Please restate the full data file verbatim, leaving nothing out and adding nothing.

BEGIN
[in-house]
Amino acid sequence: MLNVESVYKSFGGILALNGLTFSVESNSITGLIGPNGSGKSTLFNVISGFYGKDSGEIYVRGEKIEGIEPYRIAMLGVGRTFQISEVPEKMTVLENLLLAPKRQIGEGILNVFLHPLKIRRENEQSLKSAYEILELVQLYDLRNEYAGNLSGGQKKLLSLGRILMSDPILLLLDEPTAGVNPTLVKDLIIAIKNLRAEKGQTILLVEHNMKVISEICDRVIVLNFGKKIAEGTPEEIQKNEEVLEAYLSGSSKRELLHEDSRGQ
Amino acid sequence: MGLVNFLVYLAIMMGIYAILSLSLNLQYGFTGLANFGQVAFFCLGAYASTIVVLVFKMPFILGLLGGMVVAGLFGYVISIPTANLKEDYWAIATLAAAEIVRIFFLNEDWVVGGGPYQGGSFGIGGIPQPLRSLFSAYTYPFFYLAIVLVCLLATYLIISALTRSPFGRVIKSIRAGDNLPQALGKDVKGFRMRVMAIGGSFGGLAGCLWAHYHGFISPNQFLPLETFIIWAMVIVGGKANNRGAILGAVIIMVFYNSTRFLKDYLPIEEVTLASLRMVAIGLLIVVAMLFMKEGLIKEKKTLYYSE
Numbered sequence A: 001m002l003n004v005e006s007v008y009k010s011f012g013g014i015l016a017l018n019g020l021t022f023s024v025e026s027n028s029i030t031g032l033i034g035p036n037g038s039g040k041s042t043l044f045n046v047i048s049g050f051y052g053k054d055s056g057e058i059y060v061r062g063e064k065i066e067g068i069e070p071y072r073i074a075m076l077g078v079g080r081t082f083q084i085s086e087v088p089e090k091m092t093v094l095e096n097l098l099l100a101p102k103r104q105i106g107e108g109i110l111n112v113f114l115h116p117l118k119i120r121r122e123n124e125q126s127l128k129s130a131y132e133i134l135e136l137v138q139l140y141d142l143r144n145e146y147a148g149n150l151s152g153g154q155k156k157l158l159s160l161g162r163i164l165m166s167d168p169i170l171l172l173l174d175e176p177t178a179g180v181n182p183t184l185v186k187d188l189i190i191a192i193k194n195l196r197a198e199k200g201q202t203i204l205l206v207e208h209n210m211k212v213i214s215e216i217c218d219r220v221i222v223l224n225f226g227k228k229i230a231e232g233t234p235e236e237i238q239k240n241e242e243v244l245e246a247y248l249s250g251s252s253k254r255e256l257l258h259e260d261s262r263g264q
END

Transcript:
[in-house]
Amino acid sequence: MLNVESVYKSFGGILALNGLTFSVESNSITGLIGPNGSGKSTLFNVISGFYGKDSGEIYVRGEKIEGIEPYRIAMLGVGRTFQISEVPEKMTVLENLLLAPKRQIGEGILNVFLHPLKIRRENEQSLKSAYEILELVQLYDLRNEYAGNLSGGQKKLLSLGRILMSDPILLLLDEPTAGVNPTLVKDLIIAIKNLRAEKGQTILLVEHNMKVISEICDRVIVLNFGKKIAEGTPEEIQKNEEVLEAYLSGSSKRELLHEDSRGQ
Amino acid sequence: MGLVNFLVYLAIMMGIYAILSLSLNLQYGFTGLANFGQVAFFCLGAYASTIVVLVFKMPFILGLLGGMVVAGLFGYVISIPTANLKEDYWAIATLAAAEIVRIFFLNEDWVVGGGPYQGGSFGIGGIPQPLRSLFSAYTYPFFYLAIVLVCLLATYLIISALTRSPFGRVIKSIRAGDNLPQALGKDVKGFRMRVMAIGGSFGGLAGCLWAHYHGFISPNQFLPLETFIIWAMVIVGGKANNRGAILGAVIIMVFYNSTRFLKDYLPIEEVTLASLRMVAIGLLIVVAMLFMKEGLIKEKKTLYYSE
Numbered sequence A: 001m002l003n004v005e006s007v008y009k010s011f012g013g014i015l016a017l018n019g020l021t022f023s024v025e026s027n028s029i030t031g032l033i034g035p036n037g038s039g040k041s042t043l044f045n046v047i048s049g050f051y052g053k054d055s056g057e058i059y060v061r062g063e064k065i066e067g068i069e070p071y072r073i074a075m076l077g078v079g080r081t082f083q084i085s086e087v088p089e090k091m092t093v094l095e096n097l098l099l100a101p102k103r104q105i106g107e108g109i110l111n112v113f114l115h116p117l118k119i120r121r122e123n124e125q126s127l128k129s130a131y132e133i134l135e136l137v138q139l140y141d142l143r144n145e146y147a148g149n150l151s152g153g154q155k156k157l158l159s160l161g162r163i164l165m166s167d168p169i170l171l172l173l174d175e176p177t178a179g180v181n182p183t184l185v186k187d188l189i190i191a192i193k194n195l196r197a198e199k200g201q202t203i204l205l206v207e208h209n210m211k212v213i214s215e216i217c218d219r220v221i222v223l224n225f226g227k228k229i230a231e232g233t234p235e236e237i238q239k240n241e242e243v244l245e246a247y248l249s250g251s252s253k254r255e256l257l258h259e260d261s262r263g264q